A new Australian study that models the early stages of Parkinson’s disease has given researchers insight into its causes and a possible treatment.
“We’ve shown how inflammation within the brain is related to the development of Parkinson’s disease, and we’ve identified a potential mechanism that can prevent this inflammation," says UNSW's Dr Nic Dzamko.
"This is the result of four years’ worth of work, and we’re really excited by the outcomes. It offers hope and introduces a new target for therapeutic research, which we’re now working on,” says Dr Dzamko, who is based at Neuroscience Research Australia (NeuRA).
We’re confident that we’ve understood a key process in the development of Parkinson’s.
Parkinson’s disease is the second most prevalent neurological condition after dementia. The disease is characterised by the abnormal accumulation in the brain of a protein called α-synuclein, as well as the loss of dopamine-producing cells in an area of the brain known as the substantia nigra.
The loss of these cells causes the symptoms of Parkinson’s, including trembling, stiffness, slowness of movement and a loss of fine motor control.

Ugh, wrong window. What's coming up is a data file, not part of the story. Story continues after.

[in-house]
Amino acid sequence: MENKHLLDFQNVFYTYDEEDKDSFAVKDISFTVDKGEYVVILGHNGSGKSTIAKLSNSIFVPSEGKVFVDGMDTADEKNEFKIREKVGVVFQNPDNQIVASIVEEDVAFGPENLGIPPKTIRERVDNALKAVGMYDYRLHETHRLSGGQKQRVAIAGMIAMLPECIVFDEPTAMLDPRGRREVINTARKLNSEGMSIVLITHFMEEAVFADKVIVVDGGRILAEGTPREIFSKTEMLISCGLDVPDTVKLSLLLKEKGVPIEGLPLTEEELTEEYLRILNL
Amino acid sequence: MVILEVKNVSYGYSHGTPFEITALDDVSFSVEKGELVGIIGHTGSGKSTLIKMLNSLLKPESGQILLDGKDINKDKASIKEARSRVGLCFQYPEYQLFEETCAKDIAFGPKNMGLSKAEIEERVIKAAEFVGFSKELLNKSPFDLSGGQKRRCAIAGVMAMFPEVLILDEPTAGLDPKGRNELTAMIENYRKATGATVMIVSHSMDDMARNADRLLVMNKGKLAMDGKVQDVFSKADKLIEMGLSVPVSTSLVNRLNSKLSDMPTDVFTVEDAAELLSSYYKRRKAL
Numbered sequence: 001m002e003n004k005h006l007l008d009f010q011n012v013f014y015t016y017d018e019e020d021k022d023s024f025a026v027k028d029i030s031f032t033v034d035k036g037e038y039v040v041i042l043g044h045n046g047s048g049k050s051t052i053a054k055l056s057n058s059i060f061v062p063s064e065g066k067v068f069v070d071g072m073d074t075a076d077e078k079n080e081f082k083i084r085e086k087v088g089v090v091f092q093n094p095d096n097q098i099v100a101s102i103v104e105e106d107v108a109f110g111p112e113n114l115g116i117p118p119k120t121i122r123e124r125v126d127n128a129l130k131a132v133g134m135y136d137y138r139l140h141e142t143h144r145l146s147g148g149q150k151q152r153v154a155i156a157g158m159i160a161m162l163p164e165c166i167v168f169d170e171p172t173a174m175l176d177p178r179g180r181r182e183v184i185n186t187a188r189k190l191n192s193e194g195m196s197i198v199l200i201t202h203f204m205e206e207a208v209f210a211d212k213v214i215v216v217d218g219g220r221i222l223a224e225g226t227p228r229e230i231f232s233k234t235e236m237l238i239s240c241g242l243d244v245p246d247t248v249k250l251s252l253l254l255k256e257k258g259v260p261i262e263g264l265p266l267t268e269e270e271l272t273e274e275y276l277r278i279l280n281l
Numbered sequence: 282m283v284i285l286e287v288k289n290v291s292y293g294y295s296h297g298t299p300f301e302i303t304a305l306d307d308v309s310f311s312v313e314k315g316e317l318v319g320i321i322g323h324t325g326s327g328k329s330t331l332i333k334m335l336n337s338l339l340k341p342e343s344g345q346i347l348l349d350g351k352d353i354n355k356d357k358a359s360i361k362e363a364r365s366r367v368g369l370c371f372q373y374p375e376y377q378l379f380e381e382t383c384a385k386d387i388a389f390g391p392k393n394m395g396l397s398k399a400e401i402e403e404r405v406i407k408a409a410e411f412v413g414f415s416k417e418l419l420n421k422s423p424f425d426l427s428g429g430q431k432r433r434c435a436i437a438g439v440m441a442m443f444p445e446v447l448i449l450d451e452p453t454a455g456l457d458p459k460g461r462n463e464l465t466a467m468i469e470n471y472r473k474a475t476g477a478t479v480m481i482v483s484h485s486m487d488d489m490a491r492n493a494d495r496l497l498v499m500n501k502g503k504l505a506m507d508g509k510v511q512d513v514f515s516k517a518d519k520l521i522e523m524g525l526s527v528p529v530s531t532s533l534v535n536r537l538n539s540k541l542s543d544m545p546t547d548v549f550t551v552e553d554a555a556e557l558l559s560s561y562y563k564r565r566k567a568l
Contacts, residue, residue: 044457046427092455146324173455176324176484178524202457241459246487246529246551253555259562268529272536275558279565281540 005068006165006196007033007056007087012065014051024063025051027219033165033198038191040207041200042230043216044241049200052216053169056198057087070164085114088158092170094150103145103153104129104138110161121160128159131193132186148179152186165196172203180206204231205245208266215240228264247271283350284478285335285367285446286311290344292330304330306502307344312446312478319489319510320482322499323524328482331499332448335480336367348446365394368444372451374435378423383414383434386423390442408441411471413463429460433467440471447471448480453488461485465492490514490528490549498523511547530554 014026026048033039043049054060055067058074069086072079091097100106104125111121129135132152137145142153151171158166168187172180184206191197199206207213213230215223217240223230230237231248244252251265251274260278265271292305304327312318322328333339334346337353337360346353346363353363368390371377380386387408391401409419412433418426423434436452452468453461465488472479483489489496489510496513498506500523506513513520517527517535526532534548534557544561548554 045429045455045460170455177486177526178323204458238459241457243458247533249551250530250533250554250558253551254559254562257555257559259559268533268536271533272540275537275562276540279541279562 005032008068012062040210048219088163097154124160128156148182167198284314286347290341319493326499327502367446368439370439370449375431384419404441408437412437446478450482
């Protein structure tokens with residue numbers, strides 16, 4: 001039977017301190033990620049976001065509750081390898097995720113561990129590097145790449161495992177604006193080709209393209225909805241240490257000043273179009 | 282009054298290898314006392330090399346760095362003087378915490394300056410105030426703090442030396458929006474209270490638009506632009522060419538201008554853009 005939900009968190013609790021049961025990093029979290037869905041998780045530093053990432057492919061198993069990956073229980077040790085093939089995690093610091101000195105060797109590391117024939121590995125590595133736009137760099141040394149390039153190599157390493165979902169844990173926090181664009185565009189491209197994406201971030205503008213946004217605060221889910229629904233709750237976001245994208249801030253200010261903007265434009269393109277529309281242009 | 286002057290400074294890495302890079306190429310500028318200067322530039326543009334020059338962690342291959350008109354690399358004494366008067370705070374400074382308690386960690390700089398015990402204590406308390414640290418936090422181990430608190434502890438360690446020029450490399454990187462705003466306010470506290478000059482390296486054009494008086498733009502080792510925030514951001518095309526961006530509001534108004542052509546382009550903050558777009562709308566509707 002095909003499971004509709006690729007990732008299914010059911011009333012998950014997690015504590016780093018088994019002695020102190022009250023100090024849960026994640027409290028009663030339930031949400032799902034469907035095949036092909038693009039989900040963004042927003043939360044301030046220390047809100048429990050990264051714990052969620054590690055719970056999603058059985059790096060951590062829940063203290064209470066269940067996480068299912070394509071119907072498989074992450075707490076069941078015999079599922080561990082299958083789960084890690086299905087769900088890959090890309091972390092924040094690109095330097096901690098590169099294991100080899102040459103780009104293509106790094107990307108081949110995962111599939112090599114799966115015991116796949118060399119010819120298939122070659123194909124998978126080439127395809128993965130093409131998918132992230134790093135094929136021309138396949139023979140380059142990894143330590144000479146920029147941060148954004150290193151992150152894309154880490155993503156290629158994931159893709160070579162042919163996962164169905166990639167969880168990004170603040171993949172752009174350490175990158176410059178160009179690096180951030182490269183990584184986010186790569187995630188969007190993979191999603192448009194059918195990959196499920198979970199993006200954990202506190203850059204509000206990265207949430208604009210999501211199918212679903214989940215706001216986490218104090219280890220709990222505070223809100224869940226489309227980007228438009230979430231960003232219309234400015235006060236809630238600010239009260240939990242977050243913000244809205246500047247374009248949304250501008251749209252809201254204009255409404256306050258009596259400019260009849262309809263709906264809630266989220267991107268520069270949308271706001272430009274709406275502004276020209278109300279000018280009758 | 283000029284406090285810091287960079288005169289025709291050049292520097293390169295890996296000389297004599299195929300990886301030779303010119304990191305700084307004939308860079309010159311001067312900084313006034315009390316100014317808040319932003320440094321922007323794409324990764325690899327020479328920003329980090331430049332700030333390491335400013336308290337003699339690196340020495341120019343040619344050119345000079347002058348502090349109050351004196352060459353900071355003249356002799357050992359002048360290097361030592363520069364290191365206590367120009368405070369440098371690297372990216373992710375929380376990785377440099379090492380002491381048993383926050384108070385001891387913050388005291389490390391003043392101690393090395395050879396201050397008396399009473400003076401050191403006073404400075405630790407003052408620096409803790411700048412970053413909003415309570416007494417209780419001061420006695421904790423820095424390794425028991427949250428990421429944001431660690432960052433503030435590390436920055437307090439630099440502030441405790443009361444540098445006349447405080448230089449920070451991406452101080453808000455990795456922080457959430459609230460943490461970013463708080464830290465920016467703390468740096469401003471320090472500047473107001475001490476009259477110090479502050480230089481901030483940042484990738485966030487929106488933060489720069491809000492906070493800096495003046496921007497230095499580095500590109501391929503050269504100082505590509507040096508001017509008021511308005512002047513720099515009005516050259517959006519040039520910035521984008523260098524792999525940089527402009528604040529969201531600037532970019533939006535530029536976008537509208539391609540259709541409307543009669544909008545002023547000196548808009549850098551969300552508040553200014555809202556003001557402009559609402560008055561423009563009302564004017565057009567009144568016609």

The NeuRA research team used pluripotent stem cell technology to turn human skin cells into neuronal cells in order to understand the effects of inflammation on the brain.
“Although the exact causes of Parkinson’s disease are unknown, accumulating evidence suggests that inflammation plays a strong role in the development of the disease,” says Dr Dzamko.
The brain uses toll-like receptors (TLR) to detect pathogens and regulate inflammation arising from compromised immunity. A consequence of activating TLR is the production of α-synuclein, which is responsible for creating ‘clumps’ of Lewy bodies; a hallmark of Parkinson’s disease.
“We found that a particular toll-like receptor, TLR2, is increased in neurons in post-mortem PD brain tissue, which provided new information for us. Given that neurons accumulate α-synuclein in Parkinson’s disease, our results suggest that TLR2 is of central importance in understanding how the disease starts.”
Using stem cells, researchers activated TLR2, which created an inflammatory response that increased the levels of α-synuclein, suggesting that inflammation is a cause, at least in part, of Parkinson’s disease.
“Given that we were able to find this association in the post-mortem brain tissue, then model this relationship in tissue culture, we’re confident that we’ve understood a key process in the development of Parkinson’s.”
Crucially, the team also introduced a drug that inhibited TLR2, which prevented the increase of α-synuclein ‘clumping’ in the stem cell-derived neurons, suggesting it is a target for further research into therapeutic interventions.
“The next stage will be to identify a drug that can be used in human trials, which acts on the pathway we’ve identified and prevents the TLR2-enabled increase in α-synuclein.”